There was a time when “stout” was an indispensable beer style for practically any brewery. Not “imperial stout,” mind you—just that beer style we once referred to simply as STOUT. Maybe it had a single modifier, like “oatmeal stout” or “Irish stout,” but that was about it. At practically any neighborhood brewpub, you could expect to see a more or less session strength stout in attendance, situated next to a suspiciously similar porter.
Those days, obviously, are long behind us now. Non-imperial stouts have undergone quite a lot of change in the last decade, decreasing in prevalence while increasing in diversity. As the world of “prestige stouts” expanded and gigantic, barrel-aged dessert beers became ubiquitous, it was these types of beers the consumer began to associate with the word “stout.” A lower-ABV stout simply seemed superfluous, especially when the role of that beer in a brewery’s lineup could be filled in most cases by a porter that would be perceived as more approachable than “stout” by the rank and file.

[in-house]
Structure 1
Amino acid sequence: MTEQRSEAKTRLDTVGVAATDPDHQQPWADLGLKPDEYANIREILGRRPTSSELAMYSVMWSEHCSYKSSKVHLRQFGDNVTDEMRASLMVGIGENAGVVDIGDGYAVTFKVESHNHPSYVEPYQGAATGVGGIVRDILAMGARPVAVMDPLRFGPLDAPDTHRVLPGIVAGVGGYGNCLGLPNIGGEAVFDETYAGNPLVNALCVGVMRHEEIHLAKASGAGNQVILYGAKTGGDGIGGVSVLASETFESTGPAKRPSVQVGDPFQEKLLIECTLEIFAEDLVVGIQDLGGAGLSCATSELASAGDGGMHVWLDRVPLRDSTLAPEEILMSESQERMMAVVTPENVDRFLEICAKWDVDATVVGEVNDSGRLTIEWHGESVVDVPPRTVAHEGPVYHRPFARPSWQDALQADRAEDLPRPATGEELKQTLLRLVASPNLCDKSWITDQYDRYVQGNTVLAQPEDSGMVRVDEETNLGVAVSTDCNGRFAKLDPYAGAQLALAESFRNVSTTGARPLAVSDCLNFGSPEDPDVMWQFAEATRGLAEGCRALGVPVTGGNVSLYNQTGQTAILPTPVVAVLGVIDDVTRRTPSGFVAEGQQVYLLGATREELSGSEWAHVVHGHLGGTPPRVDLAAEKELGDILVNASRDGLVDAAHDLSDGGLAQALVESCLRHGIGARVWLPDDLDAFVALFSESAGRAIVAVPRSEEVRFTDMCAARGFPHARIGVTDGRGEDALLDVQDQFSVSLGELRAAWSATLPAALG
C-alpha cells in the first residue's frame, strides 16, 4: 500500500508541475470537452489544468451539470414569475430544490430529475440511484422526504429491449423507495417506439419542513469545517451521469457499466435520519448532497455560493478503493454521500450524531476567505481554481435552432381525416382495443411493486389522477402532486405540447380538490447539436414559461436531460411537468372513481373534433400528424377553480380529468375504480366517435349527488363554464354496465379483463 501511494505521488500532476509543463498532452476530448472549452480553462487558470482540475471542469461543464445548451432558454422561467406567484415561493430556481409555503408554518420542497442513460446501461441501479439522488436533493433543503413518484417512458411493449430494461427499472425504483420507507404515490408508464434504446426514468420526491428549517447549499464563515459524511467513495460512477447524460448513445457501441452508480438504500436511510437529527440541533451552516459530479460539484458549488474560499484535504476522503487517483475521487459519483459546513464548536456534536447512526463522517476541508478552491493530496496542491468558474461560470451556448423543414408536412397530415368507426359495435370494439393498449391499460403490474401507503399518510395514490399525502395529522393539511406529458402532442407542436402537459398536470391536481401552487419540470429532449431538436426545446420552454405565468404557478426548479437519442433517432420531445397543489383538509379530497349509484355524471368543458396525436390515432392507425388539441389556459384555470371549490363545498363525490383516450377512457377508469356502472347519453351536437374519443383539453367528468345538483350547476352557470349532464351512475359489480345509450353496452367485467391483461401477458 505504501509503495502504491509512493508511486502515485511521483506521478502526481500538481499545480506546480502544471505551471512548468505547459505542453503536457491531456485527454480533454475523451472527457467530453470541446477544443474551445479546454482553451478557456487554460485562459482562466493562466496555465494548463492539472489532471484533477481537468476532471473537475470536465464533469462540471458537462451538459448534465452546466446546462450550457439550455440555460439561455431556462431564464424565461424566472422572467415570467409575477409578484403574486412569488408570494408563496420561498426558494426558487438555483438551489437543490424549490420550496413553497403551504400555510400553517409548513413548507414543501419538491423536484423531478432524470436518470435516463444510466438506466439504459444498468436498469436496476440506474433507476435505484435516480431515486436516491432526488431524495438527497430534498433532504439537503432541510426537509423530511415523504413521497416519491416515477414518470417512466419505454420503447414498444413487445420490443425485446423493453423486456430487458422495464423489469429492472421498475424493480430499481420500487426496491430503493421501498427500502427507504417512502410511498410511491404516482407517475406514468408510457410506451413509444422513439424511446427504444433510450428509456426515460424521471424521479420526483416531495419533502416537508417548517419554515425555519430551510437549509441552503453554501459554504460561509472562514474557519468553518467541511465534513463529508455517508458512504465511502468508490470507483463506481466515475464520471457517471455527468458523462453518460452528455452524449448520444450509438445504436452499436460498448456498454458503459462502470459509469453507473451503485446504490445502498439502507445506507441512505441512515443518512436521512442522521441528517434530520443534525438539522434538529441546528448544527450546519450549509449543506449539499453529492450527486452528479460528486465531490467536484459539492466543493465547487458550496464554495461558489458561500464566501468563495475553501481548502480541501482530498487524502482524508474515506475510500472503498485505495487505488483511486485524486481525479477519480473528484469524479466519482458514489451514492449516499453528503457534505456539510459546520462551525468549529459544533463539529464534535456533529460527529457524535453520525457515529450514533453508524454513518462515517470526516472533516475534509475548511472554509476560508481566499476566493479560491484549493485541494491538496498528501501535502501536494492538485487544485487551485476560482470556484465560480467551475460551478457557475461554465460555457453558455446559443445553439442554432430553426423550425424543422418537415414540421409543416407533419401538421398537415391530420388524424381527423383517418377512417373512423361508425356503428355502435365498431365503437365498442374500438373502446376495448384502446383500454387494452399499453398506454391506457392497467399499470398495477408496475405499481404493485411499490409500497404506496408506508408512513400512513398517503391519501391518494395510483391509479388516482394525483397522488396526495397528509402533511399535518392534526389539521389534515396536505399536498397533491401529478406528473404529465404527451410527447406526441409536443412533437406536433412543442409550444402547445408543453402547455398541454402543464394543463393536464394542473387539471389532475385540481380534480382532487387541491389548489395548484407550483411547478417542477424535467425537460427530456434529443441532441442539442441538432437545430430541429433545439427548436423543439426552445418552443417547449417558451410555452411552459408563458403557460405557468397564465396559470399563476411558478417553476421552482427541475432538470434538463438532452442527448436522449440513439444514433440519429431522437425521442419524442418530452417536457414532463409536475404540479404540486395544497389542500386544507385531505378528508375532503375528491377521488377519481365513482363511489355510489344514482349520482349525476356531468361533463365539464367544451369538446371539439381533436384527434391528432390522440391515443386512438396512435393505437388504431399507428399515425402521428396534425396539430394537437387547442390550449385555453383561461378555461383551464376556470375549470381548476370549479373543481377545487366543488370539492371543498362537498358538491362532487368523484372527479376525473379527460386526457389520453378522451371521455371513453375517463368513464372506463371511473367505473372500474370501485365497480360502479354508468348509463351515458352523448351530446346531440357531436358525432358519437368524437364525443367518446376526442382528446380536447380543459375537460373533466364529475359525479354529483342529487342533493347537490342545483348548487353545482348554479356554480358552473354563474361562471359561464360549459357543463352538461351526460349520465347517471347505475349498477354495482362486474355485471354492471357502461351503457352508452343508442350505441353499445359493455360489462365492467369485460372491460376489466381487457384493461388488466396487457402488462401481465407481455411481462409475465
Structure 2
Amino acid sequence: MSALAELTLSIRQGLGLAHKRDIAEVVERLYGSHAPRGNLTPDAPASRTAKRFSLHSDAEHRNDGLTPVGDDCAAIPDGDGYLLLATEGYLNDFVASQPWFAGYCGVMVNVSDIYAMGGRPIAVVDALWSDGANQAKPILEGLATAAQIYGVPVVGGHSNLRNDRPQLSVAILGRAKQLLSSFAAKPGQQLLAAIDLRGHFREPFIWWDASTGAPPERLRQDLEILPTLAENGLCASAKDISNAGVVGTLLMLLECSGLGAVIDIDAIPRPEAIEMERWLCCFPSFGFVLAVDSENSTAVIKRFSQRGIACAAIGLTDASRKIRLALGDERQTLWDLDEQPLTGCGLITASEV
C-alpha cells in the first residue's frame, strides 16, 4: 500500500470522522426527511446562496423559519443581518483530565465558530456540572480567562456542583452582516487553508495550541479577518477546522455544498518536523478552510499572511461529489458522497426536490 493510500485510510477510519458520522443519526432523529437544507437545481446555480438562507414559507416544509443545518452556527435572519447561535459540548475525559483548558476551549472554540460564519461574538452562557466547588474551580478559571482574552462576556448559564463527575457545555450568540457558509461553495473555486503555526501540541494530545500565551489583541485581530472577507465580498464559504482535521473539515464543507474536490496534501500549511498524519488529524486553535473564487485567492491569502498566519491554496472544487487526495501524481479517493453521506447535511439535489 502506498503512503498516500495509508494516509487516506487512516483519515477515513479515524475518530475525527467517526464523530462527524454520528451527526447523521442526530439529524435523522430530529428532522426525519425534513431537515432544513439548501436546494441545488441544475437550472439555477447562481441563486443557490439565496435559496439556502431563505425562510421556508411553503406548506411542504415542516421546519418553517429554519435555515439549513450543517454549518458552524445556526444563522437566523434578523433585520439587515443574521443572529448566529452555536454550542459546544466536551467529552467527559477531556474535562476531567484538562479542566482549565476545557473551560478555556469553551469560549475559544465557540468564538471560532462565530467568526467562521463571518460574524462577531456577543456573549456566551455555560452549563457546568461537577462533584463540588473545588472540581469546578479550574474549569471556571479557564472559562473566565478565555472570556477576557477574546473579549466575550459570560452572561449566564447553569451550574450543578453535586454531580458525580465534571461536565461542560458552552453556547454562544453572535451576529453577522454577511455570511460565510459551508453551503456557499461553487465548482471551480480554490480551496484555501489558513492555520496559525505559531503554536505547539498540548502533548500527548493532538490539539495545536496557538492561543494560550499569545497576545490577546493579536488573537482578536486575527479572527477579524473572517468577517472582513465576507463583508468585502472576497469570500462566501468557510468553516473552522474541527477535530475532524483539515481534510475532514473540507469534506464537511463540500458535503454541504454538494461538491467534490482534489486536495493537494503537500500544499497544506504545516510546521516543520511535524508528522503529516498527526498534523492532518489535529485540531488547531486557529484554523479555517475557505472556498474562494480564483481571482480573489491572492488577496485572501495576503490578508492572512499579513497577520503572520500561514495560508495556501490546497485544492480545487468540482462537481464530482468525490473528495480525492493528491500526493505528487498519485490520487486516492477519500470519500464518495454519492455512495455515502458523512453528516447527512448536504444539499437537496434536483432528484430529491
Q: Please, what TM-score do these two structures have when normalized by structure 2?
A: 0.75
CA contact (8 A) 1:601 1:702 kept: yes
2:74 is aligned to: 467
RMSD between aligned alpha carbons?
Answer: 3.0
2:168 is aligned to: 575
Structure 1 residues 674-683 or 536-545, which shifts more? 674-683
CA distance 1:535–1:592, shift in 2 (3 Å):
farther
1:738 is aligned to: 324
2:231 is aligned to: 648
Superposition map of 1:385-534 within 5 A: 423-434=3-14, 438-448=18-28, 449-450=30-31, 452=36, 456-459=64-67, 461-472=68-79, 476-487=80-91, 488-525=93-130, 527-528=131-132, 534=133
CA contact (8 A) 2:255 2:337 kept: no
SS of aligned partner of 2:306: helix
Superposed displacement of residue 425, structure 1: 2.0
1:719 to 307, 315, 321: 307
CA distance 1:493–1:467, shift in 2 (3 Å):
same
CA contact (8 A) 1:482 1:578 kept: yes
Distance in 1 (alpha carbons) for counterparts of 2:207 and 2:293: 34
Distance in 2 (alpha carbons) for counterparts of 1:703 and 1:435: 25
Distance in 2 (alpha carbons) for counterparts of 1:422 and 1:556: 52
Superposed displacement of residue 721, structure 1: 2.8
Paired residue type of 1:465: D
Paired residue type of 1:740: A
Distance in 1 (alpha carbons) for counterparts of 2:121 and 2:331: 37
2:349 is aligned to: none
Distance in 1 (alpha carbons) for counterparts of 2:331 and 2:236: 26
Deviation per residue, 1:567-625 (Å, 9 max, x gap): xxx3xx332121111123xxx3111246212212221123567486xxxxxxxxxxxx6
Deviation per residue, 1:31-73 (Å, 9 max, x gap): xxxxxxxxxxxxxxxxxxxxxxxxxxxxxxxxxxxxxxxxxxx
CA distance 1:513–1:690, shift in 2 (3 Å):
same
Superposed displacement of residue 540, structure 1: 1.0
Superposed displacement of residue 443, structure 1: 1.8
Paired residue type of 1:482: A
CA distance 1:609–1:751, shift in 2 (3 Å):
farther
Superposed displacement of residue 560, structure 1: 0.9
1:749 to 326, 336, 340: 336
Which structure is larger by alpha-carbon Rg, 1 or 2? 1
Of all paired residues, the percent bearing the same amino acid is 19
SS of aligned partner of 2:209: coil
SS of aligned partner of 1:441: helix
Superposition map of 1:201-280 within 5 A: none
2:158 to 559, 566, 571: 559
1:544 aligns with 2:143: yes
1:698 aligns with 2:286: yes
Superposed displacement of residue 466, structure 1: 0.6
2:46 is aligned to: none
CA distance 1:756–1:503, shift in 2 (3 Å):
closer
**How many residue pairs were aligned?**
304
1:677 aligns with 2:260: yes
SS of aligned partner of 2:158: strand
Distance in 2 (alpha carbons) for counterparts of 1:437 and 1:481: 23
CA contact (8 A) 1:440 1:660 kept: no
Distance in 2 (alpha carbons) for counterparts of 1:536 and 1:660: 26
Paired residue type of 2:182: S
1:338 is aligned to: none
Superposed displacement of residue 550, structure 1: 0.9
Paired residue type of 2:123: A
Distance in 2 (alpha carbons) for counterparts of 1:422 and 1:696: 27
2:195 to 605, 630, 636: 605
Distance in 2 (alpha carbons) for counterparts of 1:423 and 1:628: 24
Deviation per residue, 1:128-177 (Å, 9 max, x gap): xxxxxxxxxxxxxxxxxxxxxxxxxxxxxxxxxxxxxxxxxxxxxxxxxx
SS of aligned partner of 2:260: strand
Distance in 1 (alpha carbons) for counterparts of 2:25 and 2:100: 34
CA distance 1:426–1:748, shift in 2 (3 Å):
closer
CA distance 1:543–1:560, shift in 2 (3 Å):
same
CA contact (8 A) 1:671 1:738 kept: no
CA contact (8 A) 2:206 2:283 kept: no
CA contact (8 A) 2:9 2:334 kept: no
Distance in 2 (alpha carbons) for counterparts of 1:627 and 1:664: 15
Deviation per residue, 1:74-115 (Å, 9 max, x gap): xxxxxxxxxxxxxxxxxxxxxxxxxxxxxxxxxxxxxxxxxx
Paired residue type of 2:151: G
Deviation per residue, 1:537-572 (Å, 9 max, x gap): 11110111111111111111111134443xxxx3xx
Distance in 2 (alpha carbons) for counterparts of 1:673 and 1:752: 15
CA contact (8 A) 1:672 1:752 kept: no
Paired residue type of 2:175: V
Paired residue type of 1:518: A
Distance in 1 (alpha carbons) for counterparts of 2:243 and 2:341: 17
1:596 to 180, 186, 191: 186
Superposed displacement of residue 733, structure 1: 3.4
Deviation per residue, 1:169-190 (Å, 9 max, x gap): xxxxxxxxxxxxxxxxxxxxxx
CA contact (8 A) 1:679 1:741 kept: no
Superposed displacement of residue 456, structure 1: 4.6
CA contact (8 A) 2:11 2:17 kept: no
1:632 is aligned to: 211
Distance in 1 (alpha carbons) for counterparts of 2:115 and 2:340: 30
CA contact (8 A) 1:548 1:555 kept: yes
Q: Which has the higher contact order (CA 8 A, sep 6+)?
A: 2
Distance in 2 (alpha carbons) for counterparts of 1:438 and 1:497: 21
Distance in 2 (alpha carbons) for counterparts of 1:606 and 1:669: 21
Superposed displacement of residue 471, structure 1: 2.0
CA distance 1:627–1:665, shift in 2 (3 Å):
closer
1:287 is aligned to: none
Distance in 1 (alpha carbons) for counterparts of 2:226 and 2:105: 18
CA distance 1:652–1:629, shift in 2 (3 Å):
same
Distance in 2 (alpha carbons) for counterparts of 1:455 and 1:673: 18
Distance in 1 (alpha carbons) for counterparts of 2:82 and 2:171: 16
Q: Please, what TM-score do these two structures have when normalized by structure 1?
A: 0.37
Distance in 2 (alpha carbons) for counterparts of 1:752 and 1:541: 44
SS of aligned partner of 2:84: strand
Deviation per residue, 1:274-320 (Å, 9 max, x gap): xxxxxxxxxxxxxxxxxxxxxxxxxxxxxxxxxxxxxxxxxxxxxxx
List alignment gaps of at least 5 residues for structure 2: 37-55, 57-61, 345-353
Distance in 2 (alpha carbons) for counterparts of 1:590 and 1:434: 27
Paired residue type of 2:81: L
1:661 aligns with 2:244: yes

The result is a vastly reduced field of non-adjunct stouts, as evidenced by categories such as GABF’s “American-style stout,” which drew a paltry 60 entries this year. The reality is that stouts of less than 8% ABV have now become canvasses for the use of various flavorings and adjuncts. Yes, you can still find the occasional “American stout” or plain old “oatmeal stout,” but chances are much better that beer now has coffee, or vanilla, or spices, or fruit, or even barrel-aging to justify its existence. If “porter” now fills the role of “session-strength dark beer” for many breweries, then non-imperial stout facilitates flavor experimentation.
This hypothesis certainly held true in the beers we received for this blind tasting. There were milk stouts and fruited stouts, artificially flavored monstrosities and beers meant to evoke various dessert items. There were coffee beers out the wazoo. And we found a ton of great ones along the way, but we’d be lying if we said we didn’t miss those old “American stout” days from time to time.
But enough reminiscing. Let’s get to tasting.